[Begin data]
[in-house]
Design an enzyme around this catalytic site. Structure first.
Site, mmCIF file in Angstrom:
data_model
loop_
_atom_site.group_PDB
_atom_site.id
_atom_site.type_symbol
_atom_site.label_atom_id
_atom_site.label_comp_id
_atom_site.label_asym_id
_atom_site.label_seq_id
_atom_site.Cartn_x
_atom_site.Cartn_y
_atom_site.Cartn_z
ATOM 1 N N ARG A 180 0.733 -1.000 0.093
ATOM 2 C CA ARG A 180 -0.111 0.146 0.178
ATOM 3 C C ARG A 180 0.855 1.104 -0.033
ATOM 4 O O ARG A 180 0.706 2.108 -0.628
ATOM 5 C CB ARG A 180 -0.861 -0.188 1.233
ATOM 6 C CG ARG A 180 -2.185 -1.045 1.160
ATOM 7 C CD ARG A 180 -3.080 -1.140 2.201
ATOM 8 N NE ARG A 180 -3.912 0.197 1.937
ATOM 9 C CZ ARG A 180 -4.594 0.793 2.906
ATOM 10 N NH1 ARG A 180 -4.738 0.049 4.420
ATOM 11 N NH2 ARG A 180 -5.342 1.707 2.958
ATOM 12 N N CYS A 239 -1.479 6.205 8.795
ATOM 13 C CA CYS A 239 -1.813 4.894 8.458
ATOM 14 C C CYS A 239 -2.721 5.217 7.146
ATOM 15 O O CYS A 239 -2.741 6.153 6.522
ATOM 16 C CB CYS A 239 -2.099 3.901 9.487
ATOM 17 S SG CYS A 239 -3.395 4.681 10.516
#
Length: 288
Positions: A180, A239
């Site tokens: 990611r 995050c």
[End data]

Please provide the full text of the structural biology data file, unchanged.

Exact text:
[in-house]
Design an enzyme around this catalytic site. Structure first.
Site, mmCIF file in Angstrom:
data_model
loop_
_atom_site.group_PDB
_atom_site.id
_atom_site.type_symbol
_atom_site.label_atom_id
_atom_site.label_comp_id
_atom_site.label_asym_id
_atom_site.label_seq_id
_atom_site.Cartn_x
_atom_site.Cartn_y
_atom_site.Cartn_z
ATOM 1 N N ARG A 180 0.733 -1.000 0.093
ATOM 2 C CA ARG A 180 -0.111 0.146 0.178
ATOM 3 C C ARG A 180 0.855 1.104 -0.033
ATOM 4 O O ARG A 180 0.706 2.108 -0.628
ATOM 5 C CB ARG A 180 -0.861 -0.188 1.233
ATOM 6 C CG ARG A 180 -2.185 -1.045 1.160
ATOM 7 C CD ARG A 180 -3.080 -1.140 2.201
ATOM 8 N NE ARG A 180 -3.912 0.197 1.937
ATOM 9 C CZ ARG A 180 -4.594 0.793 2.906
ATOM 10 N NH1 ARG A 180 -4.738 0.049 4.420
ATOM 11 N NH2 ARG A 180 -5.342 1.707 2.958
ATOM 12 N N CYS A 239 -1.479 6.205 8.795
ATOM 13 C CA CYS A 239 -1.813 4.894 8.458
ATOM 14 C C CYS A 239 -2.721 5.217 7.146
ATOM 15 O O CYS A 239 -2.741 6.153 6.522
ATOM 16 C CB CYS A 239 -2.099 3.901 9.487
ATOM 17 S SG CYS A 239 -3.395 4.681 10.516
#
Length: 288
Positions: A180, A239
């Site tokens: 990611r 995050c």